[EDITORIALS]Forget the popularity contests

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[EDITORIALS]Forget the popularity contests

The Fair Trade Commission has introduced an unusual personnel appointment plan. Under the plan, the bureau chiefs of the commission will be selected through open competition among civil servants. FTC staff members are to vote on their choices of candidates so ballot results will be reflected in the appointment process.
The bureau chiefs of the central government are posts all career bureaucrats crave. Major policy guidelines of ministries are made by bureau chiefs. That means a high standard of expertise and leadership are required of those who assume the posts.
The Fair Trade Commission’s decision to select bureau chiefs through open competition must have been made to avoid the existing methods of allocating posts according to seniority. Gradual promotion according to a hierarchy, and mechanical allocation of posts, has been pointed out as a chronic problem in personnel management of civil servants. The practice under which officials are promoted to bureau chief, if they stay in the organization long enough, has created a lax attitude and group egotism among civil servants. In this sense, open competition among civil servants could bring vitality to officialdom and freshen the atmosphere by unearthing talented people through competition. It can also enhance transparency by eradicating chronic cronyism.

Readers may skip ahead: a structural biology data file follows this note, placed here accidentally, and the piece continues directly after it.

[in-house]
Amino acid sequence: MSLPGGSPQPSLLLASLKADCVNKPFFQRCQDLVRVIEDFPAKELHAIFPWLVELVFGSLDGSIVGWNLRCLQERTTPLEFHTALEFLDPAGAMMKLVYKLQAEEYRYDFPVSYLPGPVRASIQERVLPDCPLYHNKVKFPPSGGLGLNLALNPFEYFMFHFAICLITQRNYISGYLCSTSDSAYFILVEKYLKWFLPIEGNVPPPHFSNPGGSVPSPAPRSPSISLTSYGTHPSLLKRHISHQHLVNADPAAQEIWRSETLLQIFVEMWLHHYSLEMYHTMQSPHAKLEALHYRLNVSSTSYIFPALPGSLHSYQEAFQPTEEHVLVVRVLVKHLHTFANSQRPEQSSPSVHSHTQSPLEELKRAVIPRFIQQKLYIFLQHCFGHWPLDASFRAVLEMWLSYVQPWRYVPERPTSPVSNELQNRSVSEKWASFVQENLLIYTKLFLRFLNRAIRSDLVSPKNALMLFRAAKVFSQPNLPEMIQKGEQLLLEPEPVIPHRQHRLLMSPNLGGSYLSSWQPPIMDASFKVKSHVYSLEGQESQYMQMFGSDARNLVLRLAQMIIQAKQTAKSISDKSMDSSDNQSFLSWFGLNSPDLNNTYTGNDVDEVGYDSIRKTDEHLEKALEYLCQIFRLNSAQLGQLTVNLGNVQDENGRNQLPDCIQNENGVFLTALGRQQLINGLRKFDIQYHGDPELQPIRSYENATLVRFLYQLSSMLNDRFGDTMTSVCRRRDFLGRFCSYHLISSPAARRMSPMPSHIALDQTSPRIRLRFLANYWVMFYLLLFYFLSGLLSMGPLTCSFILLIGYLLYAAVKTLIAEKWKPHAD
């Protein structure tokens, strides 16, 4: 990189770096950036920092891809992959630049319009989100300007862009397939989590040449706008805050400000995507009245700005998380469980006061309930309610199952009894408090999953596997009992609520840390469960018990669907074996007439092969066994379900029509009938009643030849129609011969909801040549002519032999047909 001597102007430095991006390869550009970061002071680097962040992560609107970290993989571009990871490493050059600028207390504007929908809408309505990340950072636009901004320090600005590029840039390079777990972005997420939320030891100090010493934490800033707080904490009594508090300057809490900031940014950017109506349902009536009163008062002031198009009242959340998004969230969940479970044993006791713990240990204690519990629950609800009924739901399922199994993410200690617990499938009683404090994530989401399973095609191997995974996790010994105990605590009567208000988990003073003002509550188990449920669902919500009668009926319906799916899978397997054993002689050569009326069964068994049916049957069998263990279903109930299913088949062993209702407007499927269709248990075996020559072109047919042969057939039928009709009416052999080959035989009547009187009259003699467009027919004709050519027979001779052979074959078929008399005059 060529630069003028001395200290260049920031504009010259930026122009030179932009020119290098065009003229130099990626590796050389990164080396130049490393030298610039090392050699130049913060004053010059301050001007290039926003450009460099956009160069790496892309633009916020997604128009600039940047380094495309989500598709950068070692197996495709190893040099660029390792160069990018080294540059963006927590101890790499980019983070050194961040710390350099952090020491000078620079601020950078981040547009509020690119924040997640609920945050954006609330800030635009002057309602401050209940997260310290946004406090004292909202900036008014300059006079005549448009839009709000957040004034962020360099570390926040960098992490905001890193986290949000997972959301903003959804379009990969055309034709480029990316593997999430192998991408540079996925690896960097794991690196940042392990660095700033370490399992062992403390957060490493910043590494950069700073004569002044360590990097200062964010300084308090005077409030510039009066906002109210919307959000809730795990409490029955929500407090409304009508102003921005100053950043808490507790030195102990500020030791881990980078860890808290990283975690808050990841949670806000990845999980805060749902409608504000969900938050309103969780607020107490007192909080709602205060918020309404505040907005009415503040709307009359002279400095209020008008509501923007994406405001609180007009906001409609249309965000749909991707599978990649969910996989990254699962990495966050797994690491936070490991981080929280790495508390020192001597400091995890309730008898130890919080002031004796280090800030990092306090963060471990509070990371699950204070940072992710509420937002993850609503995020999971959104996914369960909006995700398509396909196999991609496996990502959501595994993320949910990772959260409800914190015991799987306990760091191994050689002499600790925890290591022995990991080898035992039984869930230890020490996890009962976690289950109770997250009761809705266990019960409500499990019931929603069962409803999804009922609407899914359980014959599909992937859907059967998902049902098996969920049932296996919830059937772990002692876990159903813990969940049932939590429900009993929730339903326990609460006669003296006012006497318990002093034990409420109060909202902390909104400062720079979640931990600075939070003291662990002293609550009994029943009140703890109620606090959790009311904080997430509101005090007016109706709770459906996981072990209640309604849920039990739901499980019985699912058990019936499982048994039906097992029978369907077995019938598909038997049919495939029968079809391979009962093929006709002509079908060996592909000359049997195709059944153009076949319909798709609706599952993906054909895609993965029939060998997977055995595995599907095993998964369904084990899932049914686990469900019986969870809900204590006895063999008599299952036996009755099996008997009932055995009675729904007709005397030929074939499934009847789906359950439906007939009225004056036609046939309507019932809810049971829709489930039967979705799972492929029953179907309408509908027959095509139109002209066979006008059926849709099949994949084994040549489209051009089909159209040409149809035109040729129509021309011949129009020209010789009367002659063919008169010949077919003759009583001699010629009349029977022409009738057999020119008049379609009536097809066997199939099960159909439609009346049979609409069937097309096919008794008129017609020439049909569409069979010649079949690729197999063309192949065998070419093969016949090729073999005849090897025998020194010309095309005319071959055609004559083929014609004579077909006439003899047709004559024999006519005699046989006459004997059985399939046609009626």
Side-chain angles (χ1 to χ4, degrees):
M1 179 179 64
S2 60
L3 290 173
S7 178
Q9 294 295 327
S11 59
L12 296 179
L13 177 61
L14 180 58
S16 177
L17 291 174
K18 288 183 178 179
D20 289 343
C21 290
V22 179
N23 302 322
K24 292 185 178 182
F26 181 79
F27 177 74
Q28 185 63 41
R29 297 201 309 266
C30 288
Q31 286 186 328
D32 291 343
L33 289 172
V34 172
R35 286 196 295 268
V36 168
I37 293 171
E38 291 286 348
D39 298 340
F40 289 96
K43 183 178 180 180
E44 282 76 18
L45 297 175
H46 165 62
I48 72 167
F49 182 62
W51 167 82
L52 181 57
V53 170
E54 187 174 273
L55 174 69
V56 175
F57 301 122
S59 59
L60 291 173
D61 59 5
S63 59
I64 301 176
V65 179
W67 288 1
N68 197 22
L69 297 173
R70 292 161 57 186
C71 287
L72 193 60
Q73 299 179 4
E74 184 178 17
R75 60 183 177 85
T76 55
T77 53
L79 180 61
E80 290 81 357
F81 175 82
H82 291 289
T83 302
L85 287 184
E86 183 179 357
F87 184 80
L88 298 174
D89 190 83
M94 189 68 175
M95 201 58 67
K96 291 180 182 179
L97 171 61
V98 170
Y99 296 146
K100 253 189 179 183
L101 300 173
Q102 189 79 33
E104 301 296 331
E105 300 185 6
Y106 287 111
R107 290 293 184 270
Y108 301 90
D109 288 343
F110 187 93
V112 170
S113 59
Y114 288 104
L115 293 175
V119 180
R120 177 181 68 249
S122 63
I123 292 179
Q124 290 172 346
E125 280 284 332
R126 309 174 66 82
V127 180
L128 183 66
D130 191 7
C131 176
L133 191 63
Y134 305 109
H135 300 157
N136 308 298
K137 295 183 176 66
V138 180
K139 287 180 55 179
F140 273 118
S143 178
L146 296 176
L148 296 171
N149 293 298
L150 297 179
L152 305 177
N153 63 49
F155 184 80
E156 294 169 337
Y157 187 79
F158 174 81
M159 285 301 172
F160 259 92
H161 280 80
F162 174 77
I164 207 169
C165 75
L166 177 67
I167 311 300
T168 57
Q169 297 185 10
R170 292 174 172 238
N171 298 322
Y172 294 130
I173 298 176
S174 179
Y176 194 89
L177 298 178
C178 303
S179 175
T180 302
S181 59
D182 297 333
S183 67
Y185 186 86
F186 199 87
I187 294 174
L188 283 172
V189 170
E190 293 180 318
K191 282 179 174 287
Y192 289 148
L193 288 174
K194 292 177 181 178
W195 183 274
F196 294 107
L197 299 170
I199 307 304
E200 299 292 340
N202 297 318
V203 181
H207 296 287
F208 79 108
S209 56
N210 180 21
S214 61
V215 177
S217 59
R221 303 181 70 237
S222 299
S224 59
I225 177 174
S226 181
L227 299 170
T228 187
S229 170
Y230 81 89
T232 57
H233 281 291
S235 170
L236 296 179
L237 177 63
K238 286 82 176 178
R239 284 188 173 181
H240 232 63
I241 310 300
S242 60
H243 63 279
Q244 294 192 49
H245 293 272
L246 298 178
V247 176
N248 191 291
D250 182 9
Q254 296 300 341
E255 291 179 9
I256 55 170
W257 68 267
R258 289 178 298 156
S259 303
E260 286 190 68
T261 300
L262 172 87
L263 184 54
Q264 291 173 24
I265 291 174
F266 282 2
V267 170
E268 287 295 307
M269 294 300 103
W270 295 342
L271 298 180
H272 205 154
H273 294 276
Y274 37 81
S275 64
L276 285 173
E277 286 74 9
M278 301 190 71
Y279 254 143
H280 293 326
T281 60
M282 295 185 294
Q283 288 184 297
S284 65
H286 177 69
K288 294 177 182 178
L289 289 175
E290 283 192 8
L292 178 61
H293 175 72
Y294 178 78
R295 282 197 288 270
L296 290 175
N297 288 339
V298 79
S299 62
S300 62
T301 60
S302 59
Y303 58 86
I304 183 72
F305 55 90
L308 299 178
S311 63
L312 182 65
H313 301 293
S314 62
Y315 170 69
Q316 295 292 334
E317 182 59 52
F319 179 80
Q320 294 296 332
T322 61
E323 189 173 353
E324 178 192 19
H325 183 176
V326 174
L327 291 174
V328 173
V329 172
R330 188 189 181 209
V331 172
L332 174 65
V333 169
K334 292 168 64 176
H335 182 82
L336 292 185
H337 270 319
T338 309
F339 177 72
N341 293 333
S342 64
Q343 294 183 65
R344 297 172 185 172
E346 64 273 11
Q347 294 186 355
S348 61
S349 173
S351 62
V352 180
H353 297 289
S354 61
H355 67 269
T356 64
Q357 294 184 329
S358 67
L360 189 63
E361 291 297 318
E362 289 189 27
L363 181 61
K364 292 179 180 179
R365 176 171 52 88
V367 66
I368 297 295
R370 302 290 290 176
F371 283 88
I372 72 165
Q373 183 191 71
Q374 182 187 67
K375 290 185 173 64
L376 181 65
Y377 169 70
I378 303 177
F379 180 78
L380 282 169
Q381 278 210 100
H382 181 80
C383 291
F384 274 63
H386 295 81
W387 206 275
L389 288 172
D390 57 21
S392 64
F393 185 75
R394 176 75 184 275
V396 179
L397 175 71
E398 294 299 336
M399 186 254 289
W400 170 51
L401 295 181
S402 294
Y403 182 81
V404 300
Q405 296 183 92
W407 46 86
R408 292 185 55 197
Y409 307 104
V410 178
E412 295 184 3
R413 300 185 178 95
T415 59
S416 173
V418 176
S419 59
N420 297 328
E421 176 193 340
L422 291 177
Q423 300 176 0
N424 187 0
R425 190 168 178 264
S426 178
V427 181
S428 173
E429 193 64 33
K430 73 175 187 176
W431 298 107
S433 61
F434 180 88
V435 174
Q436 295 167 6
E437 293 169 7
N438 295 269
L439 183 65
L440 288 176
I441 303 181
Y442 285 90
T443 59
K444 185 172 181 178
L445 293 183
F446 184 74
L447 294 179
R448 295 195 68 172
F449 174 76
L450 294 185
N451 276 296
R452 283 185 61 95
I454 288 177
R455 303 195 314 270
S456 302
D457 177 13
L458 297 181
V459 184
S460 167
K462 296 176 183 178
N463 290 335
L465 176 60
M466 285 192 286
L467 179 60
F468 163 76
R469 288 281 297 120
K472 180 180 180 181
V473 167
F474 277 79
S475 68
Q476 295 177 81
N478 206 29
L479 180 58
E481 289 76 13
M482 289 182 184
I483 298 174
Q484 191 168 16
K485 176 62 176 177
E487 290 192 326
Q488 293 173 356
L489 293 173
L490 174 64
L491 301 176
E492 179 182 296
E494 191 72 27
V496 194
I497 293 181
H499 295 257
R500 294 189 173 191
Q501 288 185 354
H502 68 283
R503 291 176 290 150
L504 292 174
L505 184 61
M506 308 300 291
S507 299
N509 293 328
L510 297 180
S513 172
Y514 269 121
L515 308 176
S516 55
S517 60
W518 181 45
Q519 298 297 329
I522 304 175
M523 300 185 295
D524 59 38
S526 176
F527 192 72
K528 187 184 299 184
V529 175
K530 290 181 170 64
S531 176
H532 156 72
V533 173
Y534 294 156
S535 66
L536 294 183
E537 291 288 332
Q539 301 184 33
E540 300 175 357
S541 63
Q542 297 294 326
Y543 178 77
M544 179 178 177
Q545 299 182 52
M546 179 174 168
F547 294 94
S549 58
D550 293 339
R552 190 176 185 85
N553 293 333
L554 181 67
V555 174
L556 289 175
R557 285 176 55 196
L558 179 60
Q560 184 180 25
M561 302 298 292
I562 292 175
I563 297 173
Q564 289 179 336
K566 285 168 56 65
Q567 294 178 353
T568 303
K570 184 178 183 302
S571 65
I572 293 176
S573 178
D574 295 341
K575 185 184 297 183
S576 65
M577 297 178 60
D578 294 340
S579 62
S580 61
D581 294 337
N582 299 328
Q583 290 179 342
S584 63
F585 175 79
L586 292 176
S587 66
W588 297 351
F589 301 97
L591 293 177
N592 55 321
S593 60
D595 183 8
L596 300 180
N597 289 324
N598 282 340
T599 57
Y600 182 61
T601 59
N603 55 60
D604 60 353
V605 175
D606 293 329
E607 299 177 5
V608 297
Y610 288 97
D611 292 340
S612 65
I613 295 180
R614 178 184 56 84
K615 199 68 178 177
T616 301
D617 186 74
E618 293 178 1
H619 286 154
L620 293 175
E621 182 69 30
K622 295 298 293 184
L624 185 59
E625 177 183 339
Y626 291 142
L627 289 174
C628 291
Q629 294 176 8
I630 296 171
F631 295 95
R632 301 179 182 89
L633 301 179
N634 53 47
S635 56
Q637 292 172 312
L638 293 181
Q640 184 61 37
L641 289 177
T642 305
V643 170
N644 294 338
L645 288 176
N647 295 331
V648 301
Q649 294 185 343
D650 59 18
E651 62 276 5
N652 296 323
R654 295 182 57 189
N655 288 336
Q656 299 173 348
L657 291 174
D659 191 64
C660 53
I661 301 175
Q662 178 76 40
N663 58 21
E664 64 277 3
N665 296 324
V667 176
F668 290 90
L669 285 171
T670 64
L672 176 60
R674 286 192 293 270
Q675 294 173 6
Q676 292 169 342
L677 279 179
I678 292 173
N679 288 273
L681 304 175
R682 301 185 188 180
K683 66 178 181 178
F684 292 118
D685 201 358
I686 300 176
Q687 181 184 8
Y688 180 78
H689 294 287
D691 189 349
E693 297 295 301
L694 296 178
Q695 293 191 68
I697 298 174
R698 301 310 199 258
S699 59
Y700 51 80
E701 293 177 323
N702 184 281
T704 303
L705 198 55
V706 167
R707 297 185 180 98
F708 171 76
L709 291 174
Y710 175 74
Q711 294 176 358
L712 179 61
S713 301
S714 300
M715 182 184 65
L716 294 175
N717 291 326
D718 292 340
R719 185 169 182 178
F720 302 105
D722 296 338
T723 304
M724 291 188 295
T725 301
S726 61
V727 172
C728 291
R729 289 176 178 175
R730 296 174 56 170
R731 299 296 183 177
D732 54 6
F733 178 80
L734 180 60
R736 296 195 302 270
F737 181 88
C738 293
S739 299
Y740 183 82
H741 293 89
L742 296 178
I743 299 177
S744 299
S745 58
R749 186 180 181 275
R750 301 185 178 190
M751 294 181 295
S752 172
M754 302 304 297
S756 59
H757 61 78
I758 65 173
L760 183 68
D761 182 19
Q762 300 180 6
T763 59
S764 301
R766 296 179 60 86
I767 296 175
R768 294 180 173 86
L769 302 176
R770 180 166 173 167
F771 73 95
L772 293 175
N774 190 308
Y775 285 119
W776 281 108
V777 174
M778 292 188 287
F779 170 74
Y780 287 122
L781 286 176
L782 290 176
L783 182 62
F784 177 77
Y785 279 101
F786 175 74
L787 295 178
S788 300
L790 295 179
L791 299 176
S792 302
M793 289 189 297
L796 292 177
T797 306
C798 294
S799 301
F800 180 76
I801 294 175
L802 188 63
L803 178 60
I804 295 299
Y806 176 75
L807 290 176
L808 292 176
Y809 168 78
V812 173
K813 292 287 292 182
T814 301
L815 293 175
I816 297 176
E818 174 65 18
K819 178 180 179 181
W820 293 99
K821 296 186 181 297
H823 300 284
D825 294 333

But the idea of letting the staff vote on their choice of candidates and having it reflected in the resulting appointment seems to promise more harm than benefit. If low-echelon civil servants decide on their bosses by a popular vote everytime they need a new one, what will become of the organization? Senior officials will compete to be popular with their staff. The side effects will be apparent. They will handle their jobs for popularity’s sake, not for the job’s own sake. And discipline will grow slack. The qualifications of senior officials of the central government are evaluated multi-dimensionally by both staff and higher officials. Many senior officials complain that the multi-dimensional evaluation system leads them to analyze the minds of their staff. If a voting system is added to this, officialdom will be flooded with people who aim at popular support.
Government ministries are different from friendship societies or volunteer organizations that select their representatives through voting. A bureau chief of the central government should not be selected by a popularity vote.

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